How to tell if you’re a bad manager
While your managerial techniques may be by the book, there could be ways you can improve. Here we take a look at signs that could mean your management needs altering.
Managers across all sectors have different techniques when it comes to organising their workloads and managing their staff. While some will pride themselves on the wellbeing and progression of their staff, others will focus more on results and delivery. And no specific way of managing is correct. It all depends on the industry, business, company culture and values, among other factors.
What is certain, however, is that a great leader usually requires a combination of good people management skills, compassion, strategic planning and vision. But they also must be open to feedback and every now and then reflect on whether their strategy is effective.
Although annual appraisals do help here, they are often more focused on employees, rather than the manager. So how can managers tell if they’re doing a good job or not? Here we look at a few signs that may point to you being a bad manager.
Pushing 121 meetings aside
As a manager, extra responsibility means more work and being super busy a lot of the time. Appraisals and 121 meetings with employees can often take a lot of time out of the schedule and are often pushed back, rearranged and sometimes forgotten about. However, doing so can be detrimental to your team as failing to meet up with employees regularly can lead to the escalation of minor issues, misinterpretation, and poor wellbeing.
Even just a ten minute 121 with workers will help them feel valued and appreciated, while also keeping up morale. It’s also important for managers to understand that the meeting should be a two-way conversation, where both parties listen to each other and discuss any issues.
Failing to enforce company culture
As a manager, it is your responsibility to enforce company culture. Of course, projects and day-to-day tasks are of immediate concern, but it is important for managers to encourage company culture and consider the overarching strategic aims of the company. Failing to remember core company values does not set a good example for the rest of your team.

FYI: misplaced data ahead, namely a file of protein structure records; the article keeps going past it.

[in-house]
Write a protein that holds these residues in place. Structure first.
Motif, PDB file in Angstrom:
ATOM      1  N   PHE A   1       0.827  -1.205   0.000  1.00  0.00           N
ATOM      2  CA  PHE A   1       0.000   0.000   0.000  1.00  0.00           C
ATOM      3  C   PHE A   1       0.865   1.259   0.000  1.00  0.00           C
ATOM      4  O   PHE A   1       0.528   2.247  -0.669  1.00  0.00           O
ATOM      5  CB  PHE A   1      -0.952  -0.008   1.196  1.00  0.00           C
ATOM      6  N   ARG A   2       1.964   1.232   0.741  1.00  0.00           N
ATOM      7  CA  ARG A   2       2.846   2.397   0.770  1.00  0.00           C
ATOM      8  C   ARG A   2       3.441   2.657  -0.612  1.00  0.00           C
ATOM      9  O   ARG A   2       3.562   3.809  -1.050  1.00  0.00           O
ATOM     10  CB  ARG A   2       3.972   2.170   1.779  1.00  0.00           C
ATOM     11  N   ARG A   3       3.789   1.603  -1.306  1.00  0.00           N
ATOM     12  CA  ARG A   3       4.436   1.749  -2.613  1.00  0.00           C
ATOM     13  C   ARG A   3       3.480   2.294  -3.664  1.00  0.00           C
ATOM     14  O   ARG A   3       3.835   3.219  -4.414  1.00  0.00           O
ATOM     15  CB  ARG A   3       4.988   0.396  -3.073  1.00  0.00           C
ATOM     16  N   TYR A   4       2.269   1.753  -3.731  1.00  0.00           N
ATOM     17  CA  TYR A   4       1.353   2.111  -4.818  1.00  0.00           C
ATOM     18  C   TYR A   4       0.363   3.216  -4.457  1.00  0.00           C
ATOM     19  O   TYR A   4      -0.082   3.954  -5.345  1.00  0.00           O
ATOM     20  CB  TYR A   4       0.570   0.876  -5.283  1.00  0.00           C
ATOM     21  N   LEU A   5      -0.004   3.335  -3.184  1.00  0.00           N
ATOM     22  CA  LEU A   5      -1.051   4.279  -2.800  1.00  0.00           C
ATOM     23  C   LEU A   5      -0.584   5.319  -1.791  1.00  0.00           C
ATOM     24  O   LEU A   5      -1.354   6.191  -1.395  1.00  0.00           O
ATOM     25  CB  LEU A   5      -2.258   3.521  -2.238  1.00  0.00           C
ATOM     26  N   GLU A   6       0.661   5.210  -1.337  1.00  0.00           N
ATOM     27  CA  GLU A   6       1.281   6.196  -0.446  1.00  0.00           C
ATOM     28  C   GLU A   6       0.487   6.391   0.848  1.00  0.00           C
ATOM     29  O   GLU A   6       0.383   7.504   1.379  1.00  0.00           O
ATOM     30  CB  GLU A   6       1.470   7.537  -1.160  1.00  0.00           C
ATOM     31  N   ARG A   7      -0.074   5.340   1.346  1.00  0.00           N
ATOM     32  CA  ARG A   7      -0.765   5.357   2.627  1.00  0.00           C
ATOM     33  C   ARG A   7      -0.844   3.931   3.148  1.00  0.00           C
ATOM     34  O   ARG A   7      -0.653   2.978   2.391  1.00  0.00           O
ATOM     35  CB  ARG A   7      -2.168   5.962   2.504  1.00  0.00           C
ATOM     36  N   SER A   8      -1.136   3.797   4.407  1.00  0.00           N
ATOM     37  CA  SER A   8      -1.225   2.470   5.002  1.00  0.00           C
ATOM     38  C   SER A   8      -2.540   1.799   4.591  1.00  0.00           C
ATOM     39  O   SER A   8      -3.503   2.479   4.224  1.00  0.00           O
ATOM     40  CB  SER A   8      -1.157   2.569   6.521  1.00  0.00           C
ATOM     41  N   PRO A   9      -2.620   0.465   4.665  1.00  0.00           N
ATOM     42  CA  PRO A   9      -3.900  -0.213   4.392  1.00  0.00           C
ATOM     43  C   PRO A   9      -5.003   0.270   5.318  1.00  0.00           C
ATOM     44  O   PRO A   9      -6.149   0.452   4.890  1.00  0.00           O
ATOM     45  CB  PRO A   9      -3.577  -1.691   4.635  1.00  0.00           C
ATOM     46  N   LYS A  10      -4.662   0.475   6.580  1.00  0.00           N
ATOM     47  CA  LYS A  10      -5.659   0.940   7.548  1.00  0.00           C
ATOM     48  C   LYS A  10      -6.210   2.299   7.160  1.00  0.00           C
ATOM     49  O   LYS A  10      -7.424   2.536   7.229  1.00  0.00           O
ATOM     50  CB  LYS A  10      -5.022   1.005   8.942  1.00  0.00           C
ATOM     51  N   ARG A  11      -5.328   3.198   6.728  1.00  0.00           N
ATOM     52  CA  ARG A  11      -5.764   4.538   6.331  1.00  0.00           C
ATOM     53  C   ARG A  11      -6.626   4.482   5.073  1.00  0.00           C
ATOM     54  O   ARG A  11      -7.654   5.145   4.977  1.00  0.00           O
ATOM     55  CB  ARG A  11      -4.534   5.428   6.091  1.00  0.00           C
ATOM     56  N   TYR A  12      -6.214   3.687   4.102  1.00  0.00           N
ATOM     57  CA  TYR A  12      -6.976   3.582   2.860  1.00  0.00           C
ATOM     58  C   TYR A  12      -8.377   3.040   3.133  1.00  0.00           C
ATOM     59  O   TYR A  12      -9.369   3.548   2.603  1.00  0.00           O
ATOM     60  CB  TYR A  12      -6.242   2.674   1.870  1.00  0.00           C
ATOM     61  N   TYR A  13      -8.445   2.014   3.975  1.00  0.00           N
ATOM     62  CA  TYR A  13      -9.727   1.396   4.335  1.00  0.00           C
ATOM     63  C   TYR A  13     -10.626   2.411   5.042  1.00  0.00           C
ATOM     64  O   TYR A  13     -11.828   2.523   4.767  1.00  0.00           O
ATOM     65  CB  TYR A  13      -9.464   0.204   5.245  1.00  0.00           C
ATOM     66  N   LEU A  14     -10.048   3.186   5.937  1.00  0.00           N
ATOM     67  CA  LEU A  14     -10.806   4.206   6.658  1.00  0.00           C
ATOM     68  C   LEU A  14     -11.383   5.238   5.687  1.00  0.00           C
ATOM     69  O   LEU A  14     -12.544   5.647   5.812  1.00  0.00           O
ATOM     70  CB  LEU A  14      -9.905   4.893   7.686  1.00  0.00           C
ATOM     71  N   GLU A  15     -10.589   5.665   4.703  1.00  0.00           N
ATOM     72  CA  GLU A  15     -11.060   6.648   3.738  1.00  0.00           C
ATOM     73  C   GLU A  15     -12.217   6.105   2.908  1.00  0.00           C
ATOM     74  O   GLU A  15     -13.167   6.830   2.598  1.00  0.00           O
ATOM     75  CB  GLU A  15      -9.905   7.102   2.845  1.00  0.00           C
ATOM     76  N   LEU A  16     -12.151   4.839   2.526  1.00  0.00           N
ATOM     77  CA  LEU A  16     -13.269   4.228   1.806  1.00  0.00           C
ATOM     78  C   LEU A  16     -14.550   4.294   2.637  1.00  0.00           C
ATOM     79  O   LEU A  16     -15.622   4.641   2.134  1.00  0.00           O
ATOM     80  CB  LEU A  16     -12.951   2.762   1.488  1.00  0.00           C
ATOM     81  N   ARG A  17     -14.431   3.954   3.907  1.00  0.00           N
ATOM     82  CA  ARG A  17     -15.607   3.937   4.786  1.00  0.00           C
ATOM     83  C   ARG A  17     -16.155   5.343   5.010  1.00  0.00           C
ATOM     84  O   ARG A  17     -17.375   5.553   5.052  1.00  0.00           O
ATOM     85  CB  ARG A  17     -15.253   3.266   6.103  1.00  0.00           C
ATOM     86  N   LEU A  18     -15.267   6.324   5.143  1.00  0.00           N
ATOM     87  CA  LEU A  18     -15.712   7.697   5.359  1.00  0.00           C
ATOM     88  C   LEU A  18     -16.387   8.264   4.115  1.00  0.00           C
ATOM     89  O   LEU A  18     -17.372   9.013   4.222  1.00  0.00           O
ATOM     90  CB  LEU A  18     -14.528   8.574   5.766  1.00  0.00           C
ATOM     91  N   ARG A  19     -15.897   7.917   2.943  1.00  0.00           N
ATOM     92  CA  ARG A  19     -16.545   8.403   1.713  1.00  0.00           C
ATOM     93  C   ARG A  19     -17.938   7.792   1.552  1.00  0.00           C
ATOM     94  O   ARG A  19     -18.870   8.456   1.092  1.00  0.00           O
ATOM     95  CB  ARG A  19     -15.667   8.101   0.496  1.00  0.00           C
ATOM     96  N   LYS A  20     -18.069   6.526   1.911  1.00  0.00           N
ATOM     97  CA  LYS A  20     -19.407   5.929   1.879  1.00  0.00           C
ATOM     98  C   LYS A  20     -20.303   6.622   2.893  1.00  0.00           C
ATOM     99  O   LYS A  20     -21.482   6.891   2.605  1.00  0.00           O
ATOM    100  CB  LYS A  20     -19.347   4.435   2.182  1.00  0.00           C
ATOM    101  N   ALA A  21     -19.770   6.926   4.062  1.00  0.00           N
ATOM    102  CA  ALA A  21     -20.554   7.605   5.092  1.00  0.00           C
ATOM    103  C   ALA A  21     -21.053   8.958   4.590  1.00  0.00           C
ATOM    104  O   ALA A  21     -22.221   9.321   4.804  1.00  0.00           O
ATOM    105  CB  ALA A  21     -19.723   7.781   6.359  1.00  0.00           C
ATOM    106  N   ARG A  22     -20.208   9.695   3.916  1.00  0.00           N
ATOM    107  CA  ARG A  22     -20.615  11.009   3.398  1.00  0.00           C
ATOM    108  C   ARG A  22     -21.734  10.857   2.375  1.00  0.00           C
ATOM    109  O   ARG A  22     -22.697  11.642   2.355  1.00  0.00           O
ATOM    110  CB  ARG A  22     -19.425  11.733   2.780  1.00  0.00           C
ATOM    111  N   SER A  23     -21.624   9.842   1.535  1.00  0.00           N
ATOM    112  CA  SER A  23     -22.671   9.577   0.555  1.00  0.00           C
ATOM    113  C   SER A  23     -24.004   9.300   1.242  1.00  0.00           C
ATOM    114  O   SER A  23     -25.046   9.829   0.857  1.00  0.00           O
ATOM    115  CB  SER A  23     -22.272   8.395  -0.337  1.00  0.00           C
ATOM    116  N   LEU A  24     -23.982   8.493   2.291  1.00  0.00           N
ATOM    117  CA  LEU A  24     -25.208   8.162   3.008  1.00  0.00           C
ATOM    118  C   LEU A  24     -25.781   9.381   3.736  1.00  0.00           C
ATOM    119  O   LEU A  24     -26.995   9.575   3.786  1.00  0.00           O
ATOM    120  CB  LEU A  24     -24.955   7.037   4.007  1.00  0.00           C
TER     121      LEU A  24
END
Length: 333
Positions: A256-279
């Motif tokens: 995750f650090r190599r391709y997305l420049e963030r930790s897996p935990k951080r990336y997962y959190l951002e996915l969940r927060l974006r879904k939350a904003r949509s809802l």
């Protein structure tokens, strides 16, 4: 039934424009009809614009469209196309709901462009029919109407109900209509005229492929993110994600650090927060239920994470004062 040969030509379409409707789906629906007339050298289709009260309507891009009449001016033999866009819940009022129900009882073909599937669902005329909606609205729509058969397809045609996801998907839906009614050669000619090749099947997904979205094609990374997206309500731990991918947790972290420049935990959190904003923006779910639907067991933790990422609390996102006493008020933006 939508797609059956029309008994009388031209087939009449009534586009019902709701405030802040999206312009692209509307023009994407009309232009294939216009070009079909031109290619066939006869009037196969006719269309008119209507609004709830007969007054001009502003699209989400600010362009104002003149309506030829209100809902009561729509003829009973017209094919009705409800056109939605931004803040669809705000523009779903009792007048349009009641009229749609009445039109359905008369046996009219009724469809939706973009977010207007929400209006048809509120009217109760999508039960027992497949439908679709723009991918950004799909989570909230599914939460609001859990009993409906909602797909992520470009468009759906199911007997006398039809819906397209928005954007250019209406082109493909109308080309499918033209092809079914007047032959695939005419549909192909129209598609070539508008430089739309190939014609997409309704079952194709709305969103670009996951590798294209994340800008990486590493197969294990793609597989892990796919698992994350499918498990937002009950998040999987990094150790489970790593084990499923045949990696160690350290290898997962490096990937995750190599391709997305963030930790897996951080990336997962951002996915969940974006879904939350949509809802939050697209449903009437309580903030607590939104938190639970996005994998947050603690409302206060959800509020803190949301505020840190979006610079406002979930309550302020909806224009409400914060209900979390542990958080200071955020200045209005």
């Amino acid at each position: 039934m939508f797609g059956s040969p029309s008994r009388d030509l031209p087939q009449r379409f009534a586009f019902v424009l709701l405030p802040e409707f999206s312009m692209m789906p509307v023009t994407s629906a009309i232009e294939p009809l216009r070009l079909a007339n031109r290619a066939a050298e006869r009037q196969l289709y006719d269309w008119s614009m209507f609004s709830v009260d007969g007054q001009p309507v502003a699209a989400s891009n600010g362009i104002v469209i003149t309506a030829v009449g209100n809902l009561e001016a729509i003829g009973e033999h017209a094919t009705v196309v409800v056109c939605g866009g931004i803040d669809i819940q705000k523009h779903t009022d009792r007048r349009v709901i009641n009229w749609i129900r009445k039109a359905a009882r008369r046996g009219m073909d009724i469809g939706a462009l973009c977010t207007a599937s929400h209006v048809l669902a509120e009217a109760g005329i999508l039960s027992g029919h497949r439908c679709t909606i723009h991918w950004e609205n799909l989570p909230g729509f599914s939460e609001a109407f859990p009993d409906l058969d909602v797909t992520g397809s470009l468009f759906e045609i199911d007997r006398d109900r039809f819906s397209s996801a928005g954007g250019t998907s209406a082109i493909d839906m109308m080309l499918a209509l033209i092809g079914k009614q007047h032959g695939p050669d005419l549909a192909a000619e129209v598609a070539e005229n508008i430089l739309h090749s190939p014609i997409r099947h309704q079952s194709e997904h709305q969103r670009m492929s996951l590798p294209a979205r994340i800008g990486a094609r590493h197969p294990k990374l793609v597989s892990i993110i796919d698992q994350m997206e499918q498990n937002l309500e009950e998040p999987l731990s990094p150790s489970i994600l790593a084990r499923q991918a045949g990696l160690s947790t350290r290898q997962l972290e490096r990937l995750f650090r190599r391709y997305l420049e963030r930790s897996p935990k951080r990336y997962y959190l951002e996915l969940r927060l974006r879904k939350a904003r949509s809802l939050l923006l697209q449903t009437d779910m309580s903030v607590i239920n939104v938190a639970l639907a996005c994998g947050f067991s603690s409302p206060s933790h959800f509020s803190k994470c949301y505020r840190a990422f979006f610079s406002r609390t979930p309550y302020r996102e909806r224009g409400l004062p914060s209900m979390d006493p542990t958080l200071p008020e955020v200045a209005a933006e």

To address this, you can help both yourself and your employees enforce company culture by providing refresher training that outlines these goals and values.
Being intimidating or unapproachable
No good manager should be intimidating or unapproachable. This type of behaviour is not constructive or helpful to any work environment. Nevertheless, sometimes managers can be doing this without being aware of it. Instead of having a ‘they work for me’ attitude, managers should work with their teams, rather than telling them what they should and should not be doing.
Managers who act in this way, run the risk of shutting down communication within the team as employees are afraid to ask questions or voice their opinions. Just listening and acknowledging hard work can go a long way in terms of team productivity.
Not providing constructive feedback
In order to improve, every professional - whether it be a board-level executive or a graduate employee - requires feedback. Failure to present workers with constructive criticism will just leave them feeling confused and unaware of how to correct their mistakes. In turn, career progression and personal development is stunted, which is detrimental for the business overall.
Be specific when providing feedback by telling workers exactly what it is that needs improving. Often, general feedback can be confusing and less effective.